- Beekeepers and residents frustrated after council poisons up to 50,000 bees
- By Edwina Seselja
- Contributed by: Andy ( 10 articles in 2018 )
The hive was sprayed with poison, killing approximately 50,000 bees.
Residents and beekeeping authorities are frustrated after a local council sprayed an urban nest with poison, killing tens of thousands of bees, in the Sydney suburb of Paddington.
"There's plenty of people who remove beehives so I'm not sure why the council felt the need to spray it," he said.
Mr Purdie said local beekeeping authorities will often remove nests and relocate them for free.
"It's just frustrating that they chose to poison it instead." he said.
He said nests are usually removed if they are situated in problematic areas, such as near preschools.
However, Mr Purdie said poisoning a nest should be a last resort if it cannot be relocated.
The nest was situated on Glen Street, along a walkway near residential properties.
Local resident Heather Simington was shocked to find thousands of dead bees beneath the nest and across the road.
"I couldn't believe it. I was speechless," Ms Simington said.
"The coverage was probably a metre long and half a metre wide and 3 centimetres deep. And that's just counting the ones under the tree."
A spokesperson from Woollahra Municipal Council said they called pest control after a resident complained about the nest.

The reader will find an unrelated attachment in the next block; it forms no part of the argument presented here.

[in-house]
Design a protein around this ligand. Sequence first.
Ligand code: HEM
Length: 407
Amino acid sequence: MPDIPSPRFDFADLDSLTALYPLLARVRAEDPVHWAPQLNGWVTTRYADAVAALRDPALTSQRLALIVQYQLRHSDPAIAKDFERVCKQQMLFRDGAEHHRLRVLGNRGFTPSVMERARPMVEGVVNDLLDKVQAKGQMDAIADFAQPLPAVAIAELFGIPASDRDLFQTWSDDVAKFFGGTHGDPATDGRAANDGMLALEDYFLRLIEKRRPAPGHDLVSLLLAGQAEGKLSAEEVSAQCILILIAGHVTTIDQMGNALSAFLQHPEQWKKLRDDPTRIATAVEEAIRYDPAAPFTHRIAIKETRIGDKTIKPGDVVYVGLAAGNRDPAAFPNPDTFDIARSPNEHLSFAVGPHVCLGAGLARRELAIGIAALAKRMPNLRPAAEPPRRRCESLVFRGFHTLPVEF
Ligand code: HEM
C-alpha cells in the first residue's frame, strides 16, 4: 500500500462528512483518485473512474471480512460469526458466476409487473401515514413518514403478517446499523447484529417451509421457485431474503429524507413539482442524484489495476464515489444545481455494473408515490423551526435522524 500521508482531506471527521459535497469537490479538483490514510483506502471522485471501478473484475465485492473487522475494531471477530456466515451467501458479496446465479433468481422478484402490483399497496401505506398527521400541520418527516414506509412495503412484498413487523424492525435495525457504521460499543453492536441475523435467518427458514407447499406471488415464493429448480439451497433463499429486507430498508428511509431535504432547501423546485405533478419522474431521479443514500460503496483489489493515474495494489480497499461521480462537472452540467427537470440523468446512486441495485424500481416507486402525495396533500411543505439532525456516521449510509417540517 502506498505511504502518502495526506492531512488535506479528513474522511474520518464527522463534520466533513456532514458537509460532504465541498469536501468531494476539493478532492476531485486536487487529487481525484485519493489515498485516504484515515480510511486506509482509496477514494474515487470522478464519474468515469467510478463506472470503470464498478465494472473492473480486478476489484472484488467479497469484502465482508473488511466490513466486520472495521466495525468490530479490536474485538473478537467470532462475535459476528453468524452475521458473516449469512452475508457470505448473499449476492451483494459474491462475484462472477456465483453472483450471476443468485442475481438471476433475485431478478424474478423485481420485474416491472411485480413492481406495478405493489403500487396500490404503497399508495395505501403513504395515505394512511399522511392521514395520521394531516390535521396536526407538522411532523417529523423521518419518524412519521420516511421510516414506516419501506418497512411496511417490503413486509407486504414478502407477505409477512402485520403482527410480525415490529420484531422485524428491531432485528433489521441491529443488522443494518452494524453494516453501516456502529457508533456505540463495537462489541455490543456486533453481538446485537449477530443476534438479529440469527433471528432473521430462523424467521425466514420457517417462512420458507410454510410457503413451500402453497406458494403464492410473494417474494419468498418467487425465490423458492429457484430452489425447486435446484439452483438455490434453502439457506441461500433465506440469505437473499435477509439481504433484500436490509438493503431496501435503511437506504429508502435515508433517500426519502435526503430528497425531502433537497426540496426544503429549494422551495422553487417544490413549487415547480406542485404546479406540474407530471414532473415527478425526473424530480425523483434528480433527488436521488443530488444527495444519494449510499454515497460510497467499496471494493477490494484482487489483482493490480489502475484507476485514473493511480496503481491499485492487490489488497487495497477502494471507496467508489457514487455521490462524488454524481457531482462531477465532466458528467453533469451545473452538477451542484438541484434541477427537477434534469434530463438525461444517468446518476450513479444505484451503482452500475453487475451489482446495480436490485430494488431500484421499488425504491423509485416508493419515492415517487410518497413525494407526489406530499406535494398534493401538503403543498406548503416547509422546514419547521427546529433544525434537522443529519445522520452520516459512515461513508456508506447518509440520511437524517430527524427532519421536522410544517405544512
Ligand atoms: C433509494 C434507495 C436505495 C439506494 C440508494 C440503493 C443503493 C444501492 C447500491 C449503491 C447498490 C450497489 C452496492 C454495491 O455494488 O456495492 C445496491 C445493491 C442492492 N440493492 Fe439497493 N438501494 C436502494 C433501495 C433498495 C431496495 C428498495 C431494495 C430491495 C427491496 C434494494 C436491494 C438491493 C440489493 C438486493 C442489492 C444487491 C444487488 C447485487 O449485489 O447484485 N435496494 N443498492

"We had a request to attend the hive from residents who were concerned about the bees," the spokesperson said.
The spokesperson said they had tried to call a beekeeper initially but did not hear back [BS] and instead called pest control.
The council approved the spraying of the nest based on the recommendation of pest control.
The spokesperson said the council was focused on minimising harm and responding the residents requests.
"Pest control would have done an assessment on the best way to handle the situation," they said.
Ms Simington said residents are angry at the council for its handling of the nest's removal.
"It was a beautiful healthy hive," she said.
"There was no danger. The bees were used to animals and people.
"Lots of people were enjoying watching it grow."
Should you be concerned about urban nests?
"Some people are concerned bees are unsafe but like any insects, if you respect them they'll respect you," Mr Purdie said.
"Bees are very important and the community are very aware of how important bees are to the food chain.
"If you come across a swarm of a hive, contact your local beekeeping association and they'll be able to tell you whether they can take the bees away."